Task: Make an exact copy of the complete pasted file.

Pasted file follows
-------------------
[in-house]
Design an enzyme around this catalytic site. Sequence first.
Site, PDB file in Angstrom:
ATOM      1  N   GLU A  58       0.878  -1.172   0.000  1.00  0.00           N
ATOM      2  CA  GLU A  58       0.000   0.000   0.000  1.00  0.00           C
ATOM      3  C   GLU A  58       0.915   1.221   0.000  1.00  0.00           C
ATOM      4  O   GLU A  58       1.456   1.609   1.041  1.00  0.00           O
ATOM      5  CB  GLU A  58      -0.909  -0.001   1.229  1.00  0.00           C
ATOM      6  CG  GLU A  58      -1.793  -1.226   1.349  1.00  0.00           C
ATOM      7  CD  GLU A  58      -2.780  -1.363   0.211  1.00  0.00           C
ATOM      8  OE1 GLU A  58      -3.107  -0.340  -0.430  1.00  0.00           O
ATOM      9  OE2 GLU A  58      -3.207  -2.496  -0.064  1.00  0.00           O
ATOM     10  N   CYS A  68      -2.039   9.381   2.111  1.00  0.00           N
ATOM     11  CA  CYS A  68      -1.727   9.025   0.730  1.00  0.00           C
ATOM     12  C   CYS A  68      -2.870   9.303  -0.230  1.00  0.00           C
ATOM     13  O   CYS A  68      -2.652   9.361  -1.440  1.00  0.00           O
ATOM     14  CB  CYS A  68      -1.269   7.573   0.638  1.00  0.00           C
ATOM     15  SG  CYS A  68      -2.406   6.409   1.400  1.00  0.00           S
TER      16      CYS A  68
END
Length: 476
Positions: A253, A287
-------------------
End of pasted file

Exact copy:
[in-house]
Design an enzyme around this catalytic site. Sequence first.
Site, PDB file in Angstrom:
ATOM      1  N   GLU A  58       0.878  -1.172   0.000  1.00  0.00           N
ATOM      2  CA  GLU A  58       0.000   0.000   0.000  1.00  0.00           C
ATOM      3  C   GLU A  58       0.915   1.221   0.000  1.00  0.00           C
ATOM      4  O   GLU A  58       1.456   1.609   1.041  1.00  0.00           O
ATOM      5  CB  GLU A  58      -0.909  -0.001   1.229  1.00  0.00           C
ATOM      6  CG  GLU A  58      -1.793  -1.226   1.349  1.00  0.00           C
ATOM      7  CD  GLU A  58      -2.780  -1.363   0.211  1.00  0.00           C
ATOM      8  OE1 GLU A  58      -3.107  -0.340  -0.430  1.00  0.00           O
ATOM      9  OE2 GLU A  58      -3.207  -2.496  -0.064  1.00  0.00           O
ATOM     10  N   CYS A  68      -2.039   9.381   2.111  1.00  0.00           N
ATOM     11  CA  CYS A  68      -1.727   9.025   0.730  1.00  0.00           C
ATOM     12  C   CYS A  68      -2.870   9.303  -0.230  1.00  0.00           C
ATOM     13  O   CYS A  68      -2.652   9.361  -1.440  1.00  0.00           O
ATOM     14  CB  CYS A  68      -1.269   7.573   0.638  1.00  0.00           C
ATOM     15  SG  CYS A  68      -2.406   6.409   1.400  1.00  0.00           S
TER      16      CYS A  68
END
Length: 476
Positions: A253, A287